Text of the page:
Later on, as the markets became more global and Spain was acceded to to the European Economic Community in 1986, it was realised by Mondragon’s management that the many of the old structures and policies were no longer adequate. The Mondragon Group responded to the new conditions in several ways. Two of the most important new organisation principles introduced then were: (a) partial structural unification, meaning by this the creation of central bodies with certain responsibilities and authority in both, governance and the provision of management services to the whole group; and (b) a reorganisation of member firms based on industrial sector as opposed to region (see Appendix, Figure 1). MCC was formally created in 1991, and refined in 2005-2006. It formally gathered all the Mondragon Group enterprises and support organisations under a single umbrella organisation, baptised as the Mondragon Cooperative Corporation (MCC).

Mondragon Network Structure

The individual cooperative enterprises were distributed among the MCC’s three main business groups – financial, industrial and retail & allied – and, within the industrial group, into 12 divisions. The Mondragon Corporation as a whole and its three groups have governance and management bodies that approximately mirror those that exist at the level of the individual cooperative firm. At the level of Mondragon overall, management functions are carried out by a President and a General Council, which is comprised of the directors of the Financial Group, the Retail Group, the largest divisions of the industrial group, as well as the heads of several of the Corporation’s Central Departments (Finance, Strategic Planning and Technical Affairs, International operations, Legal and Institutional Affairs, Human Resources, innovation, New Business Development, etc). The purpose of this reorganisation was not to centralise control, but to achieve greater economies of scale, technological and business synergies, assistance and strategic planning.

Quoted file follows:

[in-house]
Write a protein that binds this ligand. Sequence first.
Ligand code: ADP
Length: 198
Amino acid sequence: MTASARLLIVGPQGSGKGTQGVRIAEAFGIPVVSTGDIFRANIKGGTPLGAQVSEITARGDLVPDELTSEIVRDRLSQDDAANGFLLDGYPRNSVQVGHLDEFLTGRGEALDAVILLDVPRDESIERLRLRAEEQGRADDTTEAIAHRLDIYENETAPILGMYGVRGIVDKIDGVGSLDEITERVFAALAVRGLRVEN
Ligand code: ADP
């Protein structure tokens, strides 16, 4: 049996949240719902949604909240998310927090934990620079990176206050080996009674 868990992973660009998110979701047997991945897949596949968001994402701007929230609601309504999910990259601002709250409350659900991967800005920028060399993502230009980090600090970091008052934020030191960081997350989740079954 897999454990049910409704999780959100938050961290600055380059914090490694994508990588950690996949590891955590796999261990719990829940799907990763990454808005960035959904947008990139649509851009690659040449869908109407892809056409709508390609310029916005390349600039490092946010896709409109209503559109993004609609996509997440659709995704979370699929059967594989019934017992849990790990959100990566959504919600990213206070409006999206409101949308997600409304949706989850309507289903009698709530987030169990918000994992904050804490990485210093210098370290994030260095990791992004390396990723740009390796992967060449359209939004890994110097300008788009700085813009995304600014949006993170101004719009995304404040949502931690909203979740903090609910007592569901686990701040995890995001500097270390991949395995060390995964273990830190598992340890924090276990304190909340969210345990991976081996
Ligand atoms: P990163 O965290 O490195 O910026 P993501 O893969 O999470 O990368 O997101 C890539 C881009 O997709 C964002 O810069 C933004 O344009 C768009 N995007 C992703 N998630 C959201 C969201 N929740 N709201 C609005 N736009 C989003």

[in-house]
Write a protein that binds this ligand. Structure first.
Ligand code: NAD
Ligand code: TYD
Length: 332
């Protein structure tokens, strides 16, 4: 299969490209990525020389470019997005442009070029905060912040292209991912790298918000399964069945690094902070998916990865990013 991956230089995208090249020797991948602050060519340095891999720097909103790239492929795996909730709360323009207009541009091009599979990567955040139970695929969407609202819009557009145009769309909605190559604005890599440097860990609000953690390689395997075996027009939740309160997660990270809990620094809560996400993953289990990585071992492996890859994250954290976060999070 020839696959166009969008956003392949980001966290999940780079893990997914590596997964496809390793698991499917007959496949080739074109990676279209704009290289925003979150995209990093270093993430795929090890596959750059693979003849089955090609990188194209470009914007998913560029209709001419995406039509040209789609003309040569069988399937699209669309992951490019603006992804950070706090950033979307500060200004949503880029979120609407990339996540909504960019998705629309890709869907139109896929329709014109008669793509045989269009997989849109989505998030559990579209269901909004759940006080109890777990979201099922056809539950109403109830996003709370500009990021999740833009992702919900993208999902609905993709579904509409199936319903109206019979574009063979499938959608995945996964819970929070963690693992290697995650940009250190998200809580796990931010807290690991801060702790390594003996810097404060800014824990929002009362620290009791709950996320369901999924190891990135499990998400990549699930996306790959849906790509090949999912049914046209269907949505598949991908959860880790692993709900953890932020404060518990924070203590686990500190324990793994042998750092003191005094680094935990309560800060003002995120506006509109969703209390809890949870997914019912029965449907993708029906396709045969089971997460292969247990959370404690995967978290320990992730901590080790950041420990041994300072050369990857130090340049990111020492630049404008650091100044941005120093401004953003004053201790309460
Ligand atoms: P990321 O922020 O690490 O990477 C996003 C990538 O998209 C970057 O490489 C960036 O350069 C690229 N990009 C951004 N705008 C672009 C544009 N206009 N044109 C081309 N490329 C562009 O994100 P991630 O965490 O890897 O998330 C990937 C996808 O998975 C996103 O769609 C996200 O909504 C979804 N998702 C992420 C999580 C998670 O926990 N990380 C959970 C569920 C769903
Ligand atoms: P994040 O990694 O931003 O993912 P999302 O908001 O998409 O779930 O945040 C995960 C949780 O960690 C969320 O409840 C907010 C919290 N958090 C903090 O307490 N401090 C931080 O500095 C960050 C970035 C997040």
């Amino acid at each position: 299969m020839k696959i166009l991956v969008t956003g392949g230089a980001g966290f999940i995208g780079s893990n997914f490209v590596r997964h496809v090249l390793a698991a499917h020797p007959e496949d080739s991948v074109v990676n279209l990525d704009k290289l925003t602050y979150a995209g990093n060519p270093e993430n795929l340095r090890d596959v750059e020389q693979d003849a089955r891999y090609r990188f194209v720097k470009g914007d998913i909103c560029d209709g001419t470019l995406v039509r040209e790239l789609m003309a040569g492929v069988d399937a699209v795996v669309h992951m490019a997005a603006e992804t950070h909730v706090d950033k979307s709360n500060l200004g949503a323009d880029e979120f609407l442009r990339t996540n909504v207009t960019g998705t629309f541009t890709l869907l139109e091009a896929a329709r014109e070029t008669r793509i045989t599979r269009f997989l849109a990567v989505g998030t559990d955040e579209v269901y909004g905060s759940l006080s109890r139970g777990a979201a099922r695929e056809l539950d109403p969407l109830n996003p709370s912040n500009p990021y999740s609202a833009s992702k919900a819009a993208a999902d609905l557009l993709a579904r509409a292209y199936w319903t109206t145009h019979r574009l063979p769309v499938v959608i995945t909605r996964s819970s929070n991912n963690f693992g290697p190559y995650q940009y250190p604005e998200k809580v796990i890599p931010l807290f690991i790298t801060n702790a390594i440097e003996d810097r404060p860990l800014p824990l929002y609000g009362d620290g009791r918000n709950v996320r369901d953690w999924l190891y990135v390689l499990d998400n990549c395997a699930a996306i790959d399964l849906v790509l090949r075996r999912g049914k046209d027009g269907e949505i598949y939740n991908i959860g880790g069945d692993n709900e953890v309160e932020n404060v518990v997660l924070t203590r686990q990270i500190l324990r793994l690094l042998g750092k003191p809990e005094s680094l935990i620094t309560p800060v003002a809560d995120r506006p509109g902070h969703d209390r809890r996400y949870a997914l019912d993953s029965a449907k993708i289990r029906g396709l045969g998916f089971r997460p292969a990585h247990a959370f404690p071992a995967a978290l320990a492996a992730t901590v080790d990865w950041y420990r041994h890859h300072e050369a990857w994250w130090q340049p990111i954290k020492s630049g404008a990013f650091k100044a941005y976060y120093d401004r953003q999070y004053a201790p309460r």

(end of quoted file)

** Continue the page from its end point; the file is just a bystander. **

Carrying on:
The Caja remains an important institution, but now devotes itself to the banking business more strictly defined, and its development finance/venture capital functions have been transferred to several central funds in the headquarters organisation, primarily Mondragon Investments and the Mondragon Foundation, which are financed by annual investments and both pre- and post-tax contributions by member companies. The consulting and troubleshooting role of the Caja’s Business Services Division also shifted its institutional location, which is explained further below.

The central management bodies in Mondragon are accountable to two representative, democratic governance structures, the Cooperative Congress and its Standing Committee. The Congress is made up of 650 representatives and it debates and establishes basic policy which must be followed by member cooperatives. The Standing Committee (essentially an internal board of directors) consists of 21 people elected from among the previously elected boards of the sectoral groups and divisions. The Standing Committee appoints the senior management official, the President of the General Council, and must approve the president’s choices for the senior managers who sit on the General Council, that is, the group and division directors and the Directors of the Central Departments.

While the Mondragon Corporation structure may appear more similar to that of a conventional conglomerate than the former more decentralised structure did, essential cooperative principles are still in place. Each individual cooperative is, legally, an autonomous unit with democratic governance structures. Each one of them joined the MCC individually and agreed to abide by its policies through a vote of its General Assembly of worker-members (cooperativistas) and can vote to leave the MCC group at any time (as Irizar did in 2008 by a vote of 75% of its cooperativists).